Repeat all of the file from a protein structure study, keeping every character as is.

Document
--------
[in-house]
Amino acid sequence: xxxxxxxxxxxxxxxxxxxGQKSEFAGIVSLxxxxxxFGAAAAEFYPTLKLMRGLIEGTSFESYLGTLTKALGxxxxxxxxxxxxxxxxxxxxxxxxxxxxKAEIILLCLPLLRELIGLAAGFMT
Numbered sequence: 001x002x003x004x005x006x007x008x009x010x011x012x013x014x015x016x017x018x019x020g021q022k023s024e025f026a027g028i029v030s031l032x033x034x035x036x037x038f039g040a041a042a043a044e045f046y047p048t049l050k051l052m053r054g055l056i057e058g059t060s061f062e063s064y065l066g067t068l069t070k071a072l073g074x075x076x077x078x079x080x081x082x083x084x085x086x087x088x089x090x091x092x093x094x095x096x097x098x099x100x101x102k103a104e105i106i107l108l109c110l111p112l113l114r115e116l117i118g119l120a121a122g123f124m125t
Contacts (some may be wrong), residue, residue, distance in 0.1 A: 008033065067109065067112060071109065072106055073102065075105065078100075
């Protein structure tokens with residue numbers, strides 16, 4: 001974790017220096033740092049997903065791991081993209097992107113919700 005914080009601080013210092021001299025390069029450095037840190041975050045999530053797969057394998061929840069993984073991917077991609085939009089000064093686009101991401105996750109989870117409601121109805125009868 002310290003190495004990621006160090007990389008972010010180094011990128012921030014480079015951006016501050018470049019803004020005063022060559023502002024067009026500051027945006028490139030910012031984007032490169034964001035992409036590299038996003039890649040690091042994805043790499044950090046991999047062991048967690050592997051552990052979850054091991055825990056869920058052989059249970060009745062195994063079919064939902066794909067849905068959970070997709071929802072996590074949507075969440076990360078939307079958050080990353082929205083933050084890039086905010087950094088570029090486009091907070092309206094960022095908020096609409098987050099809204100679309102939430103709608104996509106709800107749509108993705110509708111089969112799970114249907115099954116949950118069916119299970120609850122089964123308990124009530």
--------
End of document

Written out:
[in-house]
Amino acid sequence: xxxxxxxxxxxxxxxxxxxGQKSEFAGIVSLxxxxxxFGAAAAEFYPTLKLMRGLIEGTSFESYLGTLTKALGxxxxxxxxxxxxxxxxxxxxxxxxxxxxKAEIILLCLPLLRELIGLAAGFMT
Numbered sequence: 001x002x003x004x005x006x007x008x009x010x011x012x013x014x015x016x017x018x019x020g021q022k023s024e025f026a027g028i029v030s031l032x033x034x035x036x037x038f039g040a041a042a043a044e045f046y047p048t049l050k051l052m053r054g055l056i057e058g059t060s061f062e063s064y065l066g067t068l069t070k071a072l073g074x075x076x077x078x079x080x081x082x083x084x085x086x087x088x089x090x091x092x093x094x095x096x097x098x099x100x101x102k103a104e105i106i107l108l109c110l111p112l113l114r115e116l117i118g119l120a121a122g123f124m125t
Contacts (some may be wrong), residue, residue, distance in 0.1 A: 008033065067109065067112060071109065072106055073102065075105065078100075
């Protein structure tokens with residue numbers, strides 16, 4: 001974790017220096033740092049997903065791991081993209097992107113919700 005914080009601080013210092021001299025390069029450095037840190041975050045999530053797969057394998061929840069993984073991917077991609085939009089000064093686009101991401105996750109989870117409601121109805125009868 002310290003190495004990621006160090007990389008972010010180094011990128012921030014480079015951006016501050018470049019803004020005063022060559023502002024067009026500051027945006028490139030910012031984007032490169034964001035992409036590299038996003039890649040690091042994805043790499044950090046991999047062991048967690050592997051552990052979850054091991055825990056869920058052989059249970060009745062195994063079919064939902066794909067849905068959970070997709071929802072996590074949507075969440076990360078939307079958050080990353082929205083933050084890039086905010087950094088570029090486009091907070092309206094960022095908020096609409098987050099809204100679309102939430103709608104996509106709800107749509108993705110509708111089969112799970114249907115099954116949950118069916119299970120609850122089964123308990124009530």